KM: It might be silly of me, but I did not think about it that way at all. I think that is one of the things that opened up the possibility for a deeper level of conversation. When we talked about it later, he said how normal it was for him to see white people cross to the other side of the street when they saw him coming. There I was, talking to him late at night and for quite a long time, and essentially I was not backing down. I was not afraid of him, and that could just be ignorance really because Shannon is a bouncer for a living and has studied martial arts — even besides the fact that he is just a big guy. So, he is not only strong, but he is strong and trained. But I was not afraid and he probably thought I was just really stupid or maybe he saw that as a sign of respect for him.
DS: You mentioned that Shannon is a bouncer in real life, does he also have a day job in an office, similar to his character Abu?
KM: Yes. Shannon had a day job that was very similar to the one he has in the film. He did interviews very similar to those. In that job he started as a security guard, but when they realized how smart he is, they moved him up. Why have him sitting around when he could actually do stuff?
DS: Being that Welcome to Pine Hill is brutally realistic, did you have any guidelines that you set for yourself or your cinematographers to achieve this high level of realism?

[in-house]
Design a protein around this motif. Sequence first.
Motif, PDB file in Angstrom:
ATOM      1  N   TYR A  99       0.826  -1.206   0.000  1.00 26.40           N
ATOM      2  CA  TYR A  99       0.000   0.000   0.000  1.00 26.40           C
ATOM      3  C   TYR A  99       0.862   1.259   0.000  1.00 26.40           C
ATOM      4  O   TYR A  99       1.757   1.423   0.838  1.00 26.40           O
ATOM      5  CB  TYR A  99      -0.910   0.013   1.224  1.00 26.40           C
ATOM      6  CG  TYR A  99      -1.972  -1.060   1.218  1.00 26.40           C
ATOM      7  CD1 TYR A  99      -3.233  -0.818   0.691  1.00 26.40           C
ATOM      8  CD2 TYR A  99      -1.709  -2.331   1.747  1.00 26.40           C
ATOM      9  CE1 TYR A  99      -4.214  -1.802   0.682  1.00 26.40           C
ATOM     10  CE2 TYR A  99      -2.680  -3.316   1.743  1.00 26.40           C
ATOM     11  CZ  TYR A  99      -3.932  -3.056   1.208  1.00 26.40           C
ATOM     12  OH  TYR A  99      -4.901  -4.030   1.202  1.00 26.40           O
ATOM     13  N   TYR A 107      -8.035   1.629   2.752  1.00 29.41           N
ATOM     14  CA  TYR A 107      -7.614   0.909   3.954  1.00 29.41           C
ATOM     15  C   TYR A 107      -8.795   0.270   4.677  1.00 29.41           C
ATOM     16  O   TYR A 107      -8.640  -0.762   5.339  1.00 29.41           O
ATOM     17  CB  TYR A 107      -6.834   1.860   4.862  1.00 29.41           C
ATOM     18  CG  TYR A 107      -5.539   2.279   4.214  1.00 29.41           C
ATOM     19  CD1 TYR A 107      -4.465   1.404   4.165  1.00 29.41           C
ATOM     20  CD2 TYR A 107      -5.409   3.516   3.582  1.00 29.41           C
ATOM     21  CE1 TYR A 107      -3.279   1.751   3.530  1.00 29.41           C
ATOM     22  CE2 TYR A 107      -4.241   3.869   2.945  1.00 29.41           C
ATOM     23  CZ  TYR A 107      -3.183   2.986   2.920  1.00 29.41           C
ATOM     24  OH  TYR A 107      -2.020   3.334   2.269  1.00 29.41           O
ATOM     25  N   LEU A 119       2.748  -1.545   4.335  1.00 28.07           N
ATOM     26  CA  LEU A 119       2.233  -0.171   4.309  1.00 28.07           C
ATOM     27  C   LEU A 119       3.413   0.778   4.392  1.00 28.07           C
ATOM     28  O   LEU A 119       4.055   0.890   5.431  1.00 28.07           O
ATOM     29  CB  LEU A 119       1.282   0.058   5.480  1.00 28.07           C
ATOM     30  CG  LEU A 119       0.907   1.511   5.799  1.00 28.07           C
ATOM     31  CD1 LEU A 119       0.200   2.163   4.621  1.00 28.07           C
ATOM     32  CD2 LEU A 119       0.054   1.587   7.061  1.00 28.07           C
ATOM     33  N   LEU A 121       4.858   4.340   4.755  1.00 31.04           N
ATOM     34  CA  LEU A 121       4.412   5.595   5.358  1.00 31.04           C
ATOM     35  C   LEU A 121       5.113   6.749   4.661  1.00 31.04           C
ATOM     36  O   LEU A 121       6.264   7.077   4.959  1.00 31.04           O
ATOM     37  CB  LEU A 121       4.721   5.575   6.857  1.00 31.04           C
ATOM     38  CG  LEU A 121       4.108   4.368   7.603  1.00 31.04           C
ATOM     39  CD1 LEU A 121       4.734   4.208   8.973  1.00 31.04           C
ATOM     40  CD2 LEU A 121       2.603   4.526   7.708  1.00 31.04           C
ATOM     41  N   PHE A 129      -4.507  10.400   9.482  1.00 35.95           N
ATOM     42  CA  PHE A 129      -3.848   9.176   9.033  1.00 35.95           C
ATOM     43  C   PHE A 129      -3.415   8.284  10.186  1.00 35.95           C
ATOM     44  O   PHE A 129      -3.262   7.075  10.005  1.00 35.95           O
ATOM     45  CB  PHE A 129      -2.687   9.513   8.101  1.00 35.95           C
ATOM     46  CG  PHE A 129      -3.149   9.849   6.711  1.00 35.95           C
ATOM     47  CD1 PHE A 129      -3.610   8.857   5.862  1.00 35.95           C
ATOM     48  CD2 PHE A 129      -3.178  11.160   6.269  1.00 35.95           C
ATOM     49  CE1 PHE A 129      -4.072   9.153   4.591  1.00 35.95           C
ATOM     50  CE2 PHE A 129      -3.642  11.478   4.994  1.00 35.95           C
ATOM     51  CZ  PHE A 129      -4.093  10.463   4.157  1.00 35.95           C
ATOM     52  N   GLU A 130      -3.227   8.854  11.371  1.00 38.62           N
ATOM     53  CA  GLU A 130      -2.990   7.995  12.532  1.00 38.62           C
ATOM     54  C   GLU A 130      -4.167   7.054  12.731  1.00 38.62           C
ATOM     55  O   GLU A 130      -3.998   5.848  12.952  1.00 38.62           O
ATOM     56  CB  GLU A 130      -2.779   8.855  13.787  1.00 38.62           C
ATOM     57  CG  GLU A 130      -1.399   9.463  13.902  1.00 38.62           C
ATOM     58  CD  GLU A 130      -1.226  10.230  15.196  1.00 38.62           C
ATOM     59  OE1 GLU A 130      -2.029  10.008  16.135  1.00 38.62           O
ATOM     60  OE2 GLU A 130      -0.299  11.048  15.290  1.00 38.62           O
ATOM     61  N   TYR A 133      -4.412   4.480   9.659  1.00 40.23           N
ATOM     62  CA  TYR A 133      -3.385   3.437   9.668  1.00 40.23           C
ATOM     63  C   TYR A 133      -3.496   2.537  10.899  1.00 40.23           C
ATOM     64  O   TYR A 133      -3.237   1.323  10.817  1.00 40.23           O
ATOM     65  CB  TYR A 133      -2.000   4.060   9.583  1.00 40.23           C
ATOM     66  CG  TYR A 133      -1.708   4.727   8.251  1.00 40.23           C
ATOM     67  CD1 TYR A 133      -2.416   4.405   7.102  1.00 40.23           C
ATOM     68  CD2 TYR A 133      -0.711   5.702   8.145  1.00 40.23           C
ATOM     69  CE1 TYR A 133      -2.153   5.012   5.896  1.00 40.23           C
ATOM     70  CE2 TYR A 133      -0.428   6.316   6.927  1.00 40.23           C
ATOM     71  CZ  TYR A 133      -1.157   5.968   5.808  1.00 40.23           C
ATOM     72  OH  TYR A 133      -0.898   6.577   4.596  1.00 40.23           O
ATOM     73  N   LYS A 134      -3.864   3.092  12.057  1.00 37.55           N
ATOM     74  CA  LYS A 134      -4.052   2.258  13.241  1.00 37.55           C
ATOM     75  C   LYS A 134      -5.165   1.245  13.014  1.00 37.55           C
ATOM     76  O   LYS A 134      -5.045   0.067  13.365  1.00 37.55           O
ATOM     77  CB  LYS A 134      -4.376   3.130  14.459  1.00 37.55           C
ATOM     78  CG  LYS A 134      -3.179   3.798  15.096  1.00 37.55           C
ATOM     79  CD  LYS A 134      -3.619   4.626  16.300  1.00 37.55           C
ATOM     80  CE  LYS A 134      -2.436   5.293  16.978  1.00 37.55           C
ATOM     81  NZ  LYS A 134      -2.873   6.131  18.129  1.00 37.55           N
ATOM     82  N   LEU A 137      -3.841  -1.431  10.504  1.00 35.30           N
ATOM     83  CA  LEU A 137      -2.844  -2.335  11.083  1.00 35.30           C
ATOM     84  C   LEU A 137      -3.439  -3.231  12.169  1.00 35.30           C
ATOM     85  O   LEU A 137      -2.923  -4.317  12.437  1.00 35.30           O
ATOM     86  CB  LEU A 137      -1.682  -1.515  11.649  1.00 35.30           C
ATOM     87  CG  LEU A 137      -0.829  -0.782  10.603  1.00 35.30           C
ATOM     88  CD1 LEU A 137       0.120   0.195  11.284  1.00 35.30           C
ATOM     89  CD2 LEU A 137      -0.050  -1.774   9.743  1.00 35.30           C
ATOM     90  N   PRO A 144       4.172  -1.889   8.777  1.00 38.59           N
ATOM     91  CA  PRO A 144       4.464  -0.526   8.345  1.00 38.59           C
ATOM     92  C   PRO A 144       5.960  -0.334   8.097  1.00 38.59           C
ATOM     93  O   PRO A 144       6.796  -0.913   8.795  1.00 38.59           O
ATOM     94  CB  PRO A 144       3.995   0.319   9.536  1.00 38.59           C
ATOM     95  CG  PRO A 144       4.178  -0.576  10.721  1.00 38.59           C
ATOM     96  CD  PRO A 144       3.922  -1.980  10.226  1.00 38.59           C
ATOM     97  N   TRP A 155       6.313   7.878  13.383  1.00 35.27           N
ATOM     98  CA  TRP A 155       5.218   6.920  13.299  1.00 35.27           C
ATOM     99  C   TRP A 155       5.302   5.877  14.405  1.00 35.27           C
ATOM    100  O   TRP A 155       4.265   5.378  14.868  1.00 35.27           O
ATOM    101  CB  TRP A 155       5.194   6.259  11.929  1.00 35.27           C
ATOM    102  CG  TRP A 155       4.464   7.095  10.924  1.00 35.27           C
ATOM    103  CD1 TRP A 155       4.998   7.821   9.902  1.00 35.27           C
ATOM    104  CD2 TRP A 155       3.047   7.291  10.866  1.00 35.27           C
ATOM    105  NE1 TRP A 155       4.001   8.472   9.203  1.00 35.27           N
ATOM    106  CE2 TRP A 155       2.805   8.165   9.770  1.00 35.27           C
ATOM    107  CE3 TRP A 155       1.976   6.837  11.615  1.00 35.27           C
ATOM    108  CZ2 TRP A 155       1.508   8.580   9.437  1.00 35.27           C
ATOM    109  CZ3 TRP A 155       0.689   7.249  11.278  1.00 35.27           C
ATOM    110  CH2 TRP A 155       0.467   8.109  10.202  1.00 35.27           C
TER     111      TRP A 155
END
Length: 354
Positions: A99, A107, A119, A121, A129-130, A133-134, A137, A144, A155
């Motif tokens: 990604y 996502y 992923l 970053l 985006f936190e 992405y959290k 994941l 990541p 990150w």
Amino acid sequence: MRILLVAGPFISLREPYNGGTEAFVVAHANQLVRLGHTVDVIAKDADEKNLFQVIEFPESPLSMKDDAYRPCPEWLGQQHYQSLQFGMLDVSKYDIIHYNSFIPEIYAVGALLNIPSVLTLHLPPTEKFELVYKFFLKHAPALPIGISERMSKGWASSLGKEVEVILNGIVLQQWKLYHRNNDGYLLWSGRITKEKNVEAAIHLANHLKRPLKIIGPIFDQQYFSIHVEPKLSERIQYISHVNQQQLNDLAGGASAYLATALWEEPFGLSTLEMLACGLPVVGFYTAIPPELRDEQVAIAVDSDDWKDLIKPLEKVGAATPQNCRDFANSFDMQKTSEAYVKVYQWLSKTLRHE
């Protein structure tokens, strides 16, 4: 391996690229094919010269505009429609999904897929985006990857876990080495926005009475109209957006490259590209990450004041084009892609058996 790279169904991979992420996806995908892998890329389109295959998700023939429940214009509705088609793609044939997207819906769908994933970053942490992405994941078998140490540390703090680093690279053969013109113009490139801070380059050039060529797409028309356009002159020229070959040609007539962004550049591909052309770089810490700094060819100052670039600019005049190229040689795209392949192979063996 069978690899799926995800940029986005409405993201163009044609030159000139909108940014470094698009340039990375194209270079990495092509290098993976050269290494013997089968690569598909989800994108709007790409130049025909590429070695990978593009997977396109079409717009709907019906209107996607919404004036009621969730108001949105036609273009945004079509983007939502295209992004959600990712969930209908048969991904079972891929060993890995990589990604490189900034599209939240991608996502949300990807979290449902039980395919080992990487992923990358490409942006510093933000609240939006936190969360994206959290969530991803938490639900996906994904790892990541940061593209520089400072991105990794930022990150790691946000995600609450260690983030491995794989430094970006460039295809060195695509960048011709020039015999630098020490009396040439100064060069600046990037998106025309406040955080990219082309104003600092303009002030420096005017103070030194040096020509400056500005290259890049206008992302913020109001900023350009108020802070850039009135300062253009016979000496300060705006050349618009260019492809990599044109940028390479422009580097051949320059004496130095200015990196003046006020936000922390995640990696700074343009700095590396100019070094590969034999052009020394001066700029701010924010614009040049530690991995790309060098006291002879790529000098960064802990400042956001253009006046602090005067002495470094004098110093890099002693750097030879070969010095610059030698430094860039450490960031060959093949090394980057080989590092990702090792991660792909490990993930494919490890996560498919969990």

KM: I tried to set conditions so that the action in front of the cameras would remain undisturbed because there was a bunch of us in a lot of those locations. At first we worked on the look — how the cameras were going to move. I’m very opposed to the use of shallow depth of field and racking focus, which of course we all loved three years ago, so I did not want that sort of thing. I wanted the cameras to flow through the situations, and not always focus on the character’s mouth. The shooters are my fellow Brooklyn Filmmmakers Collective members and they are mostly documentary shooters, so that is kind of the way they are used to working. They don’t just point their camera at a face and wait for it to stop talking; they have a great emotional sense. So we worked on what each individual camera was going to do and I knew that we would be doing a lot of long takes. In most cases we shot with three cameras rolling simultaneously for 45-minutes. So with that approach you are going to lose a lot of stuff, you don’t have to have a shot of a face when something great is happening — my role as editor was to work with what we got. Amazingly, though, they often caught the place I would want the camera to be. Like how in the opening scene, when I say “I love this dog” the camera slowly pans up to me like a storyboard shot that was never storyboarded. There is a symbiotic relationship with the the way that the cameras and boom move around — they move in a triangle around half of the action with the actors in front of the cameras for long periods of time. I worked with each actor individually to find out who they were as people. I tried to pull that out of them while also giving them the criteria for their character. While we were shooting I was actively engaging with the cameras and the actors to push things in one direction or another. Once everyone knew what their goals and tasks were, my main directive was that reality does not stop; so we don’t stop until you hear cut, no matter what happens. A lot of characters flow in and out of scenes that way. Like the guy in the final bar scene who brings over the two shots to Shannon’s table — I sent him over there with the shots and told him to say that it’s his birthday and get them to do a toast. None of the cast or crew knew that was going to happen, but for me the final shot of that scene that ends with Shannon laughing was the skill of the cinematographers and the adroitness of the actors being able to respond to everything.